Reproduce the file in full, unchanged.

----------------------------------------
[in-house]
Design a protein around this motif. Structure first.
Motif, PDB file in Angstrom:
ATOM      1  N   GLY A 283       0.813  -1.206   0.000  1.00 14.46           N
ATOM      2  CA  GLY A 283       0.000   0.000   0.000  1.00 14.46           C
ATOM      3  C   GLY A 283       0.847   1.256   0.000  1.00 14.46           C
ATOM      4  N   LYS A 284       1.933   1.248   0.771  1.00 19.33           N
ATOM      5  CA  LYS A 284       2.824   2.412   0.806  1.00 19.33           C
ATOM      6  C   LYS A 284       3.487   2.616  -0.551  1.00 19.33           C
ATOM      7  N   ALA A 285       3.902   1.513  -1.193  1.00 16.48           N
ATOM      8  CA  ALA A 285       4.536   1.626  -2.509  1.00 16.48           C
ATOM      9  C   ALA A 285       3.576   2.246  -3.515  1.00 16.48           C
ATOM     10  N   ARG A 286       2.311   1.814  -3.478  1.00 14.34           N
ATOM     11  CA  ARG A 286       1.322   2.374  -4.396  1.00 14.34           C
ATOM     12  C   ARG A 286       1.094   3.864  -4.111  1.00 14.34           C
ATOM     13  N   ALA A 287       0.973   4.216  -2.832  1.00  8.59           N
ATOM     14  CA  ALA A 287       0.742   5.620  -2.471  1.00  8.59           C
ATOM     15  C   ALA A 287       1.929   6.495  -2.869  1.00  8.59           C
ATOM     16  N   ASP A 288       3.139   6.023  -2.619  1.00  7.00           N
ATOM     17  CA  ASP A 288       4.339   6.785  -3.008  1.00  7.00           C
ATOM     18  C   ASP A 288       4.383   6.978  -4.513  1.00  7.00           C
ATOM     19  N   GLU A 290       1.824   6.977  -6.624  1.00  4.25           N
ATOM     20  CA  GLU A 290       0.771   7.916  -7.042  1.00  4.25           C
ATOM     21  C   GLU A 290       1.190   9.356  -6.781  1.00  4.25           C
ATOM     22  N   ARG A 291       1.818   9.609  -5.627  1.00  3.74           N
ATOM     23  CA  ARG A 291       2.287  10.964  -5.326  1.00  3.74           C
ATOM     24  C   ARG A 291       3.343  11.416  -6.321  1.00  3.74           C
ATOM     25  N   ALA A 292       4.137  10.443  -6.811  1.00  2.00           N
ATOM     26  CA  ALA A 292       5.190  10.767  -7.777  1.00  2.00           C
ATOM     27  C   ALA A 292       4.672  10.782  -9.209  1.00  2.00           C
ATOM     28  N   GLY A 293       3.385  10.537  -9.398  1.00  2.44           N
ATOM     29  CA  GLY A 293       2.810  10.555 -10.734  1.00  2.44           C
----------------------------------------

[in-house]
Design a protein around this motif. Structure first.
Motif, PDB file in Angstrom:
ATOM      1  N   GLY A 283       0.813  -1.206   0.000  1.00 14.46           N
ATOM      2  CA  GLY A 283       0.000   0.000   0.000  1.00 14.46           C
ATOM      3  C   GLY A 283       0.847   1.256   0.000  1.00 14.46           C
ATOM      4  N   LYS A 284       1.933   1.248   0.771  1.00 19.33           N
ATOM      5  CA  LYS A 284       2.824   2.412   0.806  1.00 19.33           C
ATOM      6  C   LYS A 284       3.487   2.616  -0.551  1.00 19.33           C
ATOM      7  N   ALA A 285       3.902   1.513  -1.193  1.00 16.48           N
ATOM      8  CA  ALA A 285       4.536   1.626  -2.509  1.00 16.48           C
ATOM      9  C   ALA A 285       3.576   2.246  -3.515  1.00 16.48           C
ATOM     10  N   ARG A 286       2.311   1.814  -3.478  1.00 14.34           N
ATOM     11  CA  ARG A 286       1.322   2.374  -4.396  1.00 14.34           C
ATOM     12  C   ARG A 286       1.094   3.864  -4.111  1.00 14.34           C
ATOM     13  N   ALA A 287       0.973   4.216  -2.832  1.00  8.59           N
ATOM     14  CA  ALA A 287       0.742   5.620  -2.471  1.00  8.59           C
ATOM     15  C   ALA A 287       1.929   6.495  -2.869  1.00  8.59           C
ATOM     16  N   ASP A 288       3.139   6.023  -2.619  1.00  7.00           N
ATOM     17  CA  ASP A 288       4.339   6.785  -3.008  1.00  7.00           C
ATOM     18  C   ASP A 288       4.383   6.978  -4.513  1.00  7.00           C
ATOM     19  N   GLU A 290       1.824   6.977  -6.624  1.00  4.25           N
ATOM     20  CA  GLU A 290       0.771   7.916  -7.042  1.00  4.25           C
ATOM     21  C   GLU A 290       1.190   9.356  -6.781  1.00  4.25           C
ATOM     22  N   ARG A 291       1.818   9.609  -5.627  1.00  3.74           N
ATOM     23  CA  ARG A 291       2.287  10.964  -5.326  1.00  3.74           C
ATOM     24  C   ARG A 291       3.343  11.416  -6.321  1.00  3.74           C
ATOM     25  N   ALA A 292       4.137  10.443  -6.811  1.00  2.00           N
ATOM     26  CA  ALA A 292       5.190  10.767  -7.777  1.00  2.00           C
ATOM     27  C   ALA A 292       4.672  10.782  -9.209  1.00  2.00           C
ATOM     28  N   GLY A 293       3.385  10.537  -9.398  1.00  2.44           N
ATOM     29  CA  GLY A 293       2.810  10.555 -10.734  1.00  2.44           C